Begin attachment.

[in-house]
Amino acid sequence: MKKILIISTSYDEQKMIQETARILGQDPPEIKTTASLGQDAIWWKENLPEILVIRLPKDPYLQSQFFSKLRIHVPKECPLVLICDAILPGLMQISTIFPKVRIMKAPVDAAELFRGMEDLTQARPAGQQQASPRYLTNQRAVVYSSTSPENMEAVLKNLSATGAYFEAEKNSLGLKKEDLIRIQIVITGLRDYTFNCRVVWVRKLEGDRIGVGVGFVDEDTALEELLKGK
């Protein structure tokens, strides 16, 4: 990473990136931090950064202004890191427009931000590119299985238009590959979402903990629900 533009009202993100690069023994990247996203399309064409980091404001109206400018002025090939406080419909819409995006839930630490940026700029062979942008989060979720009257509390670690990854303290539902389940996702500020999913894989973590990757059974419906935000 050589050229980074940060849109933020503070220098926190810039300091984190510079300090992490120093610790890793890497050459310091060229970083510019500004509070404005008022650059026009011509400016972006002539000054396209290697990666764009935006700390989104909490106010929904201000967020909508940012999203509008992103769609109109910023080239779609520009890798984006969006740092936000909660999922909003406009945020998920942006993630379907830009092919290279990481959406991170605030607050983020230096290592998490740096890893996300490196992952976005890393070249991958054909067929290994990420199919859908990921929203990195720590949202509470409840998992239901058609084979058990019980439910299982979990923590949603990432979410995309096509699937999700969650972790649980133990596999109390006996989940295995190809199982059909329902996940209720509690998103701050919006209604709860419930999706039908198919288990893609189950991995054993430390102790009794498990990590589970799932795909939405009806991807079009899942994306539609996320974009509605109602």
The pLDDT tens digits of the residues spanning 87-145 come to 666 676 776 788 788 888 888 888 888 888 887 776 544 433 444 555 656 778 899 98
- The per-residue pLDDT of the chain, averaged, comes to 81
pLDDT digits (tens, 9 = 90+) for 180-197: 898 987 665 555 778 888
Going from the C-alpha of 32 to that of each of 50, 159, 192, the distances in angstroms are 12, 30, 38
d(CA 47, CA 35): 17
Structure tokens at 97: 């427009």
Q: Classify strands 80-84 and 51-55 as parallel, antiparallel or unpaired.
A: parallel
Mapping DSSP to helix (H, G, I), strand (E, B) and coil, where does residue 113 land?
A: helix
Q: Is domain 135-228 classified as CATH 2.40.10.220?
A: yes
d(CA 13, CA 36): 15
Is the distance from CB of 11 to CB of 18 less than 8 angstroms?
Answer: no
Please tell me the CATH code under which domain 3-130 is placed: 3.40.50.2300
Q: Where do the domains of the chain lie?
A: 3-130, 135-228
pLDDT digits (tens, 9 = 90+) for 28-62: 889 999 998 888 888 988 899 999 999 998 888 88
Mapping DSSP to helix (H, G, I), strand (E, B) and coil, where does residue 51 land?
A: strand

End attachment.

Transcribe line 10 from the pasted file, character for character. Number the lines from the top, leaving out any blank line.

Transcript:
Q: Classify strands 80-84 and 51-55 as parallel, antiparallel or unpaired.